The Government is also introducing a £675 million Future High Streets Fund to support local areas in England to develop and fund plans for their high streets and town centres. This will include £55 million for restoring historic high streets and bringing properties back into use as homes, offices and cultural venues.

A consultation on introducing a more ‘responsive’ change-of-use regime has also been announced with the intention of making it easier to establish new mixed-use business models on the high street. A register of empty shops will be trialled with a brokerage service which will look to connect community groups to empty shops.

City and growth deals in Scotland

Amongst the measures which do apply to Scotland, the Chancellor announced a commitment of £150 million to allow the Tay Cities Deal to be agreed. The UK Government also announced its intention to begin negotiations with the Scottish Government towards a Moray Growth Deal and progress those in relation to Ayrshire and the Borders.

Oil and gas

The Government is looking to remove barriers to new investment in the North Sea with the introduction of a transferable tax history mechanism and an amendment to the Petroleum Revenue Tax rules on retained decommissioning costs to simplify the way in which older fields can be sold to new investors. The Government will also launch a call for evidence to identify what more should be done to maintain Scotland’s, and the UK’s, position as a hub for offshore decommissioning.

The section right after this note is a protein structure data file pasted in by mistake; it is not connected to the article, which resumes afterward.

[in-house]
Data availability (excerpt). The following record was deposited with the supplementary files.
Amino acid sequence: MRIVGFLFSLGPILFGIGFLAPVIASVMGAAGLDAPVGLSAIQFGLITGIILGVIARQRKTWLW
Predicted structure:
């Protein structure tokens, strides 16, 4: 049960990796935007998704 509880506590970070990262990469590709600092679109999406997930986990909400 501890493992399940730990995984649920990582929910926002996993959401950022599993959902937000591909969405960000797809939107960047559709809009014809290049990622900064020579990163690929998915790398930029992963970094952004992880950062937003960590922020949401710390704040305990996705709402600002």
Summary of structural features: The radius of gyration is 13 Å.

Abandoned waste site clearance

A pilot scheme will be established to permit the Environment Agency to work with partners to clear abandoned waste sites which are considered to be blighting local communities.

Tree planting

The Government plans to set up a Woodland Carbon Guarantee scheme to support the planting of 10 million trees by purchasing up to £50 million of carbon credits for qualifying tree planting. This is in addition to £10 million of funding for local community street trees and urban trees.


The Government announced that the National Roads Fund will be £28.8 billion between 2020-25, with £25.3 billion earmarked for investment on England’s strategic roads. £420 million will be allocated to local authorities to tackle repairs to minor roads.

Public lavatories relief

Finally, the Government is to introduce a 100% relief from business rates for all public toilets. This will help keep these convenient conveniences open for all wanting to spend a penny.

This is a headline summary only and we will know more about the impact in Scotland after the Scottish Budget is announced on 12 December.